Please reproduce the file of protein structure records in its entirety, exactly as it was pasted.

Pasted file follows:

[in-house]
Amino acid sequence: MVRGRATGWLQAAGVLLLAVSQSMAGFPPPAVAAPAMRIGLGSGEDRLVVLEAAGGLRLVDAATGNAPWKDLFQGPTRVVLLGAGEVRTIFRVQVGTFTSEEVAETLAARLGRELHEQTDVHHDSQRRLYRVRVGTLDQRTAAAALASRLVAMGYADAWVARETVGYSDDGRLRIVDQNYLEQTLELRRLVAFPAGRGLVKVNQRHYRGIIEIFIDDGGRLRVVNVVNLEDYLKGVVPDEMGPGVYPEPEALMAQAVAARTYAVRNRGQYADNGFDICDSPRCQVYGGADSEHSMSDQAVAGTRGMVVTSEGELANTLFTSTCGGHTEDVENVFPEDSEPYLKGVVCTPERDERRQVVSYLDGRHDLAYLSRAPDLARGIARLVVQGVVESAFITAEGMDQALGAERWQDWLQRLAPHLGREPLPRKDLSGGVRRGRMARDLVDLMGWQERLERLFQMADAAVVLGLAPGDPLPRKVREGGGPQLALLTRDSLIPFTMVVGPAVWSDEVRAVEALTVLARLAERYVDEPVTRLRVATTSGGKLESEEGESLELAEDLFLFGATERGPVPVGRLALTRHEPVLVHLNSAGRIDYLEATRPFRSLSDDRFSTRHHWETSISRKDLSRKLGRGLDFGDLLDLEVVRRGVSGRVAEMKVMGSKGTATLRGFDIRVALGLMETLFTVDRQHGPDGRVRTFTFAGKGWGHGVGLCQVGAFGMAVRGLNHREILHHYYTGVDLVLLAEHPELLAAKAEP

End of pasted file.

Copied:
[in-house]
Amino acid sequence: MVRGRATGWLQAAGVLLLAVSQSMAGFPPPAVAAPAMRIGLGSGEDRLVVLEAAGGLRLVDAATGNAPWKDLFQGPTRVVLLGAGEVRTIFRVQVGTFTSEEVAETLAARLGRELHEQTDVHHDSQRRLYRVRVGTLDQRTAAAALASRLVAMGYADAWVARETVGYSDDGRLRIVDQNYLEQTLELRRLVAFPAGRGLVKVNQRHYRGIIEIFIDDGGRLRVVNVVNLEDYLKGVVPDEMGPGVYPEPEALMAQAVAARTYAVRNRGQYADNGFDICDSPRCQVYGGADSEHSMSDQAVAGTRGMVVTSEGELANTLFTSTCGGHTEDVENVFPEDSEPYLKGVVCTPERDERRQVVSYLDGRHDLAYLSRAPDLARGIARLVVQGVVESAFITAEGMDQALGAERWQDWLQRLAPHLGREPLPRKDLSGGVRRGRMARDLVDLMGWQERLERLFQMADAAVVLGLAPGDPLPRKVREGGGPQLALLTRDSLIPFTMVVGPAVWSDEVRAVEALTVLARLAERYVDEPVTRLRVATTSGGKLESEEGESLELAEDLFLFGATERGPVPVGRLALTRHEPVLVHLNSAGRIDYLEATRPFRSLSDDRFSTRHHWETSISRKDLSRKLGRGLDFGDLLDLEVVRRGVSGRVAEMKVMGSKGTATLRGFDIRVALGLMETLFTVDRQHGPDGRVRTFTFAGKGWGHGVGLCQVGAFGMAVRGLNHREILHHYYTGVDLVLLAEHPELLAAKAEP